Teaching the Ethical Foundations of Economics: Assessing a Curriculum for Middle and High School Students

Article excerpt


This paper describes a pre- and post-test design, with control group, used to evaluate the educational effectiveness of Teaching the Ethical Foundations of Economics, a ten-lesson set of curricular materials published in 2007 by the National Council on Economic Education (NCEE). Using a sample of 875 students from diverse U.S. states, the report finds positive and statistically significant effects on a 25-question test of student learning about economics and ethics. It also finds generally positive results on an attitude survey about ethics given before and after exposure to Ethical Foundations. A regression analysis shows positive effects on student achievement related to the number of lessons taught and the students' educational aspirations.

JEL Codes: A11, A13, A21

Keywords: Economics education; Teaching of economics; Pedagogy

I. Introduction

Does ethics - the consideration of right and wrong - matter to the study of economics? The answer is "yes," according to the authors of Teaching the Ethical Foundations of Economics, a set of curricular materials published for middle and high school use by the National Counril on Economic Education in 2007. Even if it matters, though, it may be difficult to get students to learn ethics. This paper uses a pre- and post- test design to evaluate the effectiveness of the Ethical Foundations materials in changing students' levels of knowledge and attitudes on ethical issues in economics.

The materials confront students with important ethical issues in economics, including: the morality of markets, the moral limitations of markets, the sale of human organs, sweatshop labor, social responsibility, and justice. Their production was funded by a grant from the John Templeton Foundation to the NCEE, since renamed the Council for Economic Education (CEE).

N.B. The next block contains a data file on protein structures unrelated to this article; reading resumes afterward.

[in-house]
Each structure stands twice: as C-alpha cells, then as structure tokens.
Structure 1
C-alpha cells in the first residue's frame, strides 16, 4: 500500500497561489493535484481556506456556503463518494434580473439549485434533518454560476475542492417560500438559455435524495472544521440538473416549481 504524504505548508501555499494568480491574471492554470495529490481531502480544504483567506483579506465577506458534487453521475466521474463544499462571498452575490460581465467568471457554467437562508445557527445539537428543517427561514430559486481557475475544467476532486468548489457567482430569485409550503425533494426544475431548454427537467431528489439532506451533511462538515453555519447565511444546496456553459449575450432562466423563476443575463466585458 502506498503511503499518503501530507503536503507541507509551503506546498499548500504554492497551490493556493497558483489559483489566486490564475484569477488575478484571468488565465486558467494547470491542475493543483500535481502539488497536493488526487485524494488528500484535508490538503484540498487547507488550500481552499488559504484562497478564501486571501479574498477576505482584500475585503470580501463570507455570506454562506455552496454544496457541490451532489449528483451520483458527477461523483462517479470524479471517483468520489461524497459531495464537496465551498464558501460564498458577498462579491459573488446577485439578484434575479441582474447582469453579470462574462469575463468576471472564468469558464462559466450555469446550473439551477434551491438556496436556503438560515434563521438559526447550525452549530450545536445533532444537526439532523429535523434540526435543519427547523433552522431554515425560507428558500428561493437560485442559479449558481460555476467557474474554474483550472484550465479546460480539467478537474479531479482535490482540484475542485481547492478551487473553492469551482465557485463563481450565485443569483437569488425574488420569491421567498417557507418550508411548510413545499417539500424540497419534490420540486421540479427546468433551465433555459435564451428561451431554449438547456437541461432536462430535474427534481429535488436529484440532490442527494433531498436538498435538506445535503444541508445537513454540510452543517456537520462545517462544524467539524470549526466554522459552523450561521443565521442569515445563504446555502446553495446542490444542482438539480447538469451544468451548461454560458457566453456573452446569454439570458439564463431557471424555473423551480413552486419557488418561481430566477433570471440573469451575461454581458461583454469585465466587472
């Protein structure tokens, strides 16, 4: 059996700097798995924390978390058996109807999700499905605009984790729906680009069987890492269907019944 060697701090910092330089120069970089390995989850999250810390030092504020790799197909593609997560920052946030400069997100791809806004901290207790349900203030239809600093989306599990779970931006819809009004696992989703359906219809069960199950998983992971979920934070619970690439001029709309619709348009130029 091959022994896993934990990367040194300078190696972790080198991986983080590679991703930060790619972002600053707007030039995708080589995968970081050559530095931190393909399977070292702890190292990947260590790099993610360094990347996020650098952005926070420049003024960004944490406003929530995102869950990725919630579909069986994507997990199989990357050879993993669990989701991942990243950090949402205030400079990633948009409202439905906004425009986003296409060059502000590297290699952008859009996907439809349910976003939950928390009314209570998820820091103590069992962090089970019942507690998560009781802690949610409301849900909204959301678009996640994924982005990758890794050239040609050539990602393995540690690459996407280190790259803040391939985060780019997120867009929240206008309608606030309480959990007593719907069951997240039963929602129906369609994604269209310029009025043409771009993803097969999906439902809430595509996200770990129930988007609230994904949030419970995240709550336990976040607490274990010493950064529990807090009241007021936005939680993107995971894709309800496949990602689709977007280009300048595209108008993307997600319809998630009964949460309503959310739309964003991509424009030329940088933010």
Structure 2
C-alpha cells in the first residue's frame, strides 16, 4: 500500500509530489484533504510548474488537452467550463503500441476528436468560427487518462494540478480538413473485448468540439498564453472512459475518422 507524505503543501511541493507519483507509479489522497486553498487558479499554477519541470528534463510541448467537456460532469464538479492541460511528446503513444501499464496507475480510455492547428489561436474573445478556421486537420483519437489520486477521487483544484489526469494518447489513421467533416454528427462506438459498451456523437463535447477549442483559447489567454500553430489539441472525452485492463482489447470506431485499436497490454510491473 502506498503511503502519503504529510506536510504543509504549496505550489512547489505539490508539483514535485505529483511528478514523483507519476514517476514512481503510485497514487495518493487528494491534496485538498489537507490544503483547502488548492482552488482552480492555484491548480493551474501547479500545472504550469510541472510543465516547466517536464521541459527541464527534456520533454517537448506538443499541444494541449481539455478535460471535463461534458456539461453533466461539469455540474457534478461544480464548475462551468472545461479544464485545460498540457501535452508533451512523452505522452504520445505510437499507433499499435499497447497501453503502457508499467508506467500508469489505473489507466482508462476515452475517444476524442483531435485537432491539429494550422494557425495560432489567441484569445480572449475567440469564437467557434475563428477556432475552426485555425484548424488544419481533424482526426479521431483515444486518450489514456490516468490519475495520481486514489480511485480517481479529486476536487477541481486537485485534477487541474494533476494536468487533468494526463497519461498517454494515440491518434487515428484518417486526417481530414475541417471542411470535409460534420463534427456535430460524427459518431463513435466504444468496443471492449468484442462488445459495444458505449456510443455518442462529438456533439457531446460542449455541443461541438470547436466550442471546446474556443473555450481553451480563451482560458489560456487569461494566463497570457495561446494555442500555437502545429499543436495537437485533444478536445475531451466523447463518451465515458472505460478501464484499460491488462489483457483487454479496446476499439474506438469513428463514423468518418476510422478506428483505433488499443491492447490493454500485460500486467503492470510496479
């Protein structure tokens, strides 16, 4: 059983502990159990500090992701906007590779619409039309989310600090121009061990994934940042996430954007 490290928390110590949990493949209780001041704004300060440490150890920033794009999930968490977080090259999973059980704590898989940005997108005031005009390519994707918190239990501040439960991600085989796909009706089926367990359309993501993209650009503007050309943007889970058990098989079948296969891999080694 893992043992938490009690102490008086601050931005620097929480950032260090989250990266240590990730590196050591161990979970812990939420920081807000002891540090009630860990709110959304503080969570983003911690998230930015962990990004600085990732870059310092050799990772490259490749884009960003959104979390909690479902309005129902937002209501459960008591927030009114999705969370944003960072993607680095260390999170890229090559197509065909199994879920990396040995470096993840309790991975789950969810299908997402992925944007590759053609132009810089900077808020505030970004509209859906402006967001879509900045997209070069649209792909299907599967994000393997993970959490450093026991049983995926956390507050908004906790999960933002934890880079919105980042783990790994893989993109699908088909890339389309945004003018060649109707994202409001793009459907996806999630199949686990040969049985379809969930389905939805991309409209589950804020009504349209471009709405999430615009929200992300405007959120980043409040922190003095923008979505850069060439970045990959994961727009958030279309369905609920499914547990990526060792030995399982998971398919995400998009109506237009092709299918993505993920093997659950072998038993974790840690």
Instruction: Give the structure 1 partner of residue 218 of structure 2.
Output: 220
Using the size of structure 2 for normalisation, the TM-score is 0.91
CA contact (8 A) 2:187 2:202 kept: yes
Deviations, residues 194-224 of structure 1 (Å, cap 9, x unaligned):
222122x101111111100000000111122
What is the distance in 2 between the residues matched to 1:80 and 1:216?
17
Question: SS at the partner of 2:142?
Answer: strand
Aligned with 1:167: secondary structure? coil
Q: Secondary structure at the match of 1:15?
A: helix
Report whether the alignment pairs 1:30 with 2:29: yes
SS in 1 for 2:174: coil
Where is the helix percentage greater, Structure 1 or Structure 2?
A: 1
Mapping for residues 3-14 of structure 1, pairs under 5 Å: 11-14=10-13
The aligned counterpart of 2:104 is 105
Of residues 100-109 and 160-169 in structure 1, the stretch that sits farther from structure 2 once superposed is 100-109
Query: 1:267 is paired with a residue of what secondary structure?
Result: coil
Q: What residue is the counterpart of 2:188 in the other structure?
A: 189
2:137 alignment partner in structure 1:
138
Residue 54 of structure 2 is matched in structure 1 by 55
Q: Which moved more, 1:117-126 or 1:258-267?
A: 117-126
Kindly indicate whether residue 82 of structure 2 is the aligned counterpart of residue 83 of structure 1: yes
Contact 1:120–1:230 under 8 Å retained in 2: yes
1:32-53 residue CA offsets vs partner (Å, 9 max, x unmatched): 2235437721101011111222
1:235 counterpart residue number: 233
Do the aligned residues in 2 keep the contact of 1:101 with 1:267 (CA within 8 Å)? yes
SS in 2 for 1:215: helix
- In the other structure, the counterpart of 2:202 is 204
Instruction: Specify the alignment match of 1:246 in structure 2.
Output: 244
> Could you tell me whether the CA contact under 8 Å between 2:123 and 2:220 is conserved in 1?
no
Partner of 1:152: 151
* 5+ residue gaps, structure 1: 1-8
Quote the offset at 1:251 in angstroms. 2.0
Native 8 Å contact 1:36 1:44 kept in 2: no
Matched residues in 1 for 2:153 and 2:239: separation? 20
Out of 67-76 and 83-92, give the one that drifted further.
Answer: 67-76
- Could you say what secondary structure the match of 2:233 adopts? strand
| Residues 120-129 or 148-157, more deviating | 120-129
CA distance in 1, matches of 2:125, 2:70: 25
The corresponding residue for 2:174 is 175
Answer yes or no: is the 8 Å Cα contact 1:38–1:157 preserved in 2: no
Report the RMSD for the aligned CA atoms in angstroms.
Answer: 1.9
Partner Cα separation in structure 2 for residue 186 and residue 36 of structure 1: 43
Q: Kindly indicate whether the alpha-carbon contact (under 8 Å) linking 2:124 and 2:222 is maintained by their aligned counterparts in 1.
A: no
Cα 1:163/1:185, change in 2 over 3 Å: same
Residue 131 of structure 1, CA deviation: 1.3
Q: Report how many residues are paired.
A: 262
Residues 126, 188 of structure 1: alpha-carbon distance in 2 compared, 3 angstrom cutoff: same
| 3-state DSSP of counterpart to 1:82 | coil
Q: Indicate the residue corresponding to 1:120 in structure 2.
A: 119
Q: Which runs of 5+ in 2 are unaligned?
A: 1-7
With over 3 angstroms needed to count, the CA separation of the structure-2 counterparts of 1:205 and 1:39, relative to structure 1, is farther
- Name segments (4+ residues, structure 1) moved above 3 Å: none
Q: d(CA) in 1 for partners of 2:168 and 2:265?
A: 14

There is significant debate among scholars and educators about the teaching of ethics in K-12 classrooms. Educators differ on techniques and responsibiUty for teaching character development or ethics to school-age children (Halverson, 2004). Nonetheless, nearly everyone agrees that teachers are in a key position to deUver this information directly to students (Halverson, 2004). Furthermore, research demonstrates that waiting for college is Hkely to be too late. A 2006 study by Barbara Ritter suggests that a person's understanding of ethics and character development have already been solidified by the time students enter college.

As many studies have demonstrated, the economic literacy of many American students is lacking. Addressing this problem is the primary mission of the CEE. Studies also confirm that high school students today are also lacking in their knowledge of ethics. One study suggested that the decHning influence of famüies and churches in teaching ethical standards has had a negative impact (Vincent and Meche, 2001). More than 25% of the high school students that participated in this study could not accurately identify unethical behaviors and activities. Like many studies in the area of economic and financial education, Vincent and Meche did find that when students were exposed to ethics instruction their knowledge and understanding of such issues improved significantly. This suggests that a curriculum Hke Teaching the Ethical Foundations of Economics, if infused into economics and social studies courses, has the potential to have a positive effect on both economic and ethics education.

For all of the reasons above, this current study should be of importance to economic educators at both the coUege and pre coUege levels. If Teaching the Ethical Foundations of Economics can improve students' knowledge of economics or ethics or both, these materials will be of great value to teachers as they attempt to help their students learn these important subjects.

II. Method

This project evaluated student knowledge on ethics and economics before and after classroom use of the Ethical Foundations materials. …